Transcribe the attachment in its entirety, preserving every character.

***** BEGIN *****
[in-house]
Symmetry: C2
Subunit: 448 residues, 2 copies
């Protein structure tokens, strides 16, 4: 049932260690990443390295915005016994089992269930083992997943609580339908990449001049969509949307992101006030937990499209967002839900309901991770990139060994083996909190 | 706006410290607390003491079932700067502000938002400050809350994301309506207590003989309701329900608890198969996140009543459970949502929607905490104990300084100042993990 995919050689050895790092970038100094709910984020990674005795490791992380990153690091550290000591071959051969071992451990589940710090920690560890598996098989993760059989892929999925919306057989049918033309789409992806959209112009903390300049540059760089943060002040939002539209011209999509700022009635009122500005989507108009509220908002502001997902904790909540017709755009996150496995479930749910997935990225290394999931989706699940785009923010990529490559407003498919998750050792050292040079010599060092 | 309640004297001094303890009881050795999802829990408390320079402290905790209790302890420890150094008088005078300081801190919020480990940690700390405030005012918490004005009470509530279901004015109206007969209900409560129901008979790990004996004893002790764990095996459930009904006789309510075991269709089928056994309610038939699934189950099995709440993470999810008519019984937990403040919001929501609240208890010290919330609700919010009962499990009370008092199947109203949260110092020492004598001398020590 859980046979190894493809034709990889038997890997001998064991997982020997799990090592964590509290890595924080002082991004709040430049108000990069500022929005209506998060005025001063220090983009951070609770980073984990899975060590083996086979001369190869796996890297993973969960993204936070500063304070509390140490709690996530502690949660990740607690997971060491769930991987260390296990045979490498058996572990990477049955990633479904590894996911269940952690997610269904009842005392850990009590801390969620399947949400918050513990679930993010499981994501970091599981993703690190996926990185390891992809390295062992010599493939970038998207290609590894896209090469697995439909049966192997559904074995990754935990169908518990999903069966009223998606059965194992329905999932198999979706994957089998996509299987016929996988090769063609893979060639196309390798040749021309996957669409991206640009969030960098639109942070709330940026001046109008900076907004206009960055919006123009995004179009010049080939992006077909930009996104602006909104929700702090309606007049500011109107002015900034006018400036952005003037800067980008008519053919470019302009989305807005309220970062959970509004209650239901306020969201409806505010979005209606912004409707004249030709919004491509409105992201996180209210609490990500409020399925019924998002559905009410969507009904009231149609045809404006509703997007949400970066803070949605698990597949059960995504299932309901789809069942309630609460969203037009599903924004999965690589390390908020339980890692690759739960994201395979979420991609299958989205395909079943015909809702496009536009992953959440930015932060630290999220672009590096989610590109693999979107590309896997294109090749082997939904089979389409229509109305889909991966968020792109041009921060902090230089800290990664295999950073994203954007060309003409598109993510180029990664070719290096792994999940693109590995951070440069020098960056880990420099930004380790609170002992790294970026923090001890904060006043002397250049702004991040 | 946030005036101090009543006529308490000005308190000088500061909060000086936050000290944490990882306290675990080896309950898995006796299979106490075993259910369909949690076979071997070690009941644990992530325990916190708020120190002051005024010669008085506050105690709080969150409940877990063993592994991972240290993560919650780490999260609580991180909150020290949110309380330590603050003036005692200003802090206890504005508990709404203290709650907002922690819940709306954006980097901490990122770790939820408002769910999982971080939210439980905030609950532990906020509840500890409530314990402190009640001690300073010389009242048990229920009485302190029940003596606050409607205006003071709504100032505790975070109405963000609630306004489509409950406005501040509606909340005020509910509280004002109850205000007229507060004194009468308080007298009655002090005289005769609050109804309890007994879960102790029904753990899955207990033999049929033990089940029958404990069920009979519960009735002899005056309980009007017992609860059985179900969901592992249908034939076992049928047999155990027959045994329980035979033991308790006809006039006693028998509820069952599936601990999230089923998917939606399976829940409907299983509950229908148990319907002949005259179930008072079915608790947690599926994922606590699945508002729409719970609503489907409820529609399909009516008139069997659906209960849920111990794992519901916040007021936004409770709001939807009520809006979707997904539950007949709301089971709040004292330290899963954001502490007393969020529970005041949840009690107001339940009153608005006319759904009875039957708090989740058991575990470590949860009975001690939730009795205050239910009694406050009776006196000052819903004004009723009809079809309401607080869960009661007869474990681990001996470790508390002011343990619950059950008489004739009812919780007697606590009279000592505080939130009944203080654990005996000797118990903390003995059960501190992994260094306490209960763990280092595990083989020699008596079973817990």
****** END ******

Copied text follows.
[in-house]
Symmetry: C2
Subunit: 448 residues, 2 copies
């Protein structure tokens, strides 16, 4: 049932260690990443390295915005016994089992269930083992997943609580339908990449001049969509949307992101006030937990499209967002839900309901991770990139060994083996909190 | 706006410290607390003491079932700067502000938002400050809350994301309506207590003989309701329900608890198969996140009543459970949502929607905490104990300084100042993990 995919050689050895790092970038100094709910984020990674005795490791992380990153690091550290000591071959051969071992451990589940710090920690560890598996098989993760059989892929999925919306057989049918033309789409992806959209112009903390300049540059760089943060002040939002539209011209999509700022009635009122500005989507108009509220908002502001997902904790909540017709755009996150496995479930749910997935990225290394999931989706699940785009923010990529490559407003498919998750050792050292040079010599060092 | 309640004297001094303890009881050795999802829990408390320079402290905790209790302890420890150094008088005078300081801190919020480990940690700390405030005012918490004005009470509530279901004015109206007969209900409560129901008979790990004996004893002790764990095996459930009904006789309510075991269709089928056994309610038939699934189950099995709440993470999810008519019984937990403040919001929501609240208890010290919330609700919010009962499990009370008092199947109203949260110092020492004598001398020590 859980046979190894493809034709990889038997890997001998064991997982020997799990090592964590509290890595924080002082991004709040430049108000990069500022929005209506998060005025001063220090983009951070609770980073984990899975060590083996086979001369190869796996890297993973969960993204936070500063304070509390140490709690996530502690949660990740607690997971060491769930991987260390296990045979490498058996572990990477049955990633479904590894996911269940952690997610269904009842005392850990009590801390969620399947949400918050513990679930993010499981994501970091599981993703690190996926990185390891992809390295062992010599493939970038998207290609590894896209090469697995439909049966192997559904074995990754935990169908518990999903069966009223998606059965194992329905999932198999979706994957089998996509299987016929996988090769063609893979060639196309390798040749021309996957669409991206640009969030960098639109942070709330940026001046109008900076907004206009960055919006123009995004179009010049080939992006077909930009996104602006909104929700702090309606007049500011109107002015900034006018400036952005003037800067980008008519053919470019302009989305807005309220970062959970509004209650239901306020969201409806505010979005209606912004409707004249030709919004491509409105992201996180209210609490990500409020399925019924998002559905009410969507009904009231149609045809404006509703997007949400970066803070949605698990597949059960995504299932309901789809069942309630609460969203037009599903924004999965690589390390908020339980890692690759739960994201395979979420991609299958989205395909079943015909809702496009536009992953959440930015932060630290999220672009590096989610590109693999979107590309896997294109090749082997939904089979389409229509109305889909991966968020792109041009921060902090230089800290990664295999950073994203954007060309003409598109993510180029990664070719290096792994999940693109590995951070440069020098960056880990420099930004380790609170002992790294970026923090001890904060006043002397250049702004991040 | 946030005036101090009543006529308490000005308190000088500061909060000086936050000290944490990882306290675990080896309950898995006796299979106490075993259910369909949690076979071997070690009941644990992530325990916190708020120190002051005024010669008085506050105690709080969150409940877990063993592994991972240290993560919650780490999260609580991180909150020290949110309380330590603050003036005692200003802090206890504005508990709404203290709650907002922690819940709306954006980097901490990122770790939820408002769910999982971080939210439980905030609950532990906020509840500890409530314990402190009640001690300073010389009242048990229920009485302190029940003596606050409607205006003071709504100032505790975070109405963000609630306004489509409950406005501040509606909340005020509910509280004002109850205000007229507060004194009468308080007298009655002090005289005769609050109804309890007994879960102790029904753990899955207990033999049929033990089940029958404990069920009979519960009735002899005056309980009007017992609860059985179900969901592992249908034939076992049928047999155990027959045994329980035979033991308790006809006039006693028998509820069952599936601990999230089923998917939606399976829940409907299983509950229908148990319907002949005259179930008072079915608790947690599926994922606590699945508002729409719970609503489907409820529609399909009516008139069997659906209960849920111990794992519901916040007021936004409770709001939807009520809006979707997904539950007949709301089971709040004292330290899963954001502490007393969020529970005041949840009690107001339940009153608005006319759904009875039957708090989740058991575990470590949860009975001690939730009795205050239910009694406050009776006196000052819903004004009723009809079809309401607080869960009661007869474990681990001996470790508390002011343990619950059950008489004739009812919780007697606590009279000592505080939130009944203080654990005996000797118990903390003995059960501190992994260094306490209960763990280092595990083989020699008596079973817990």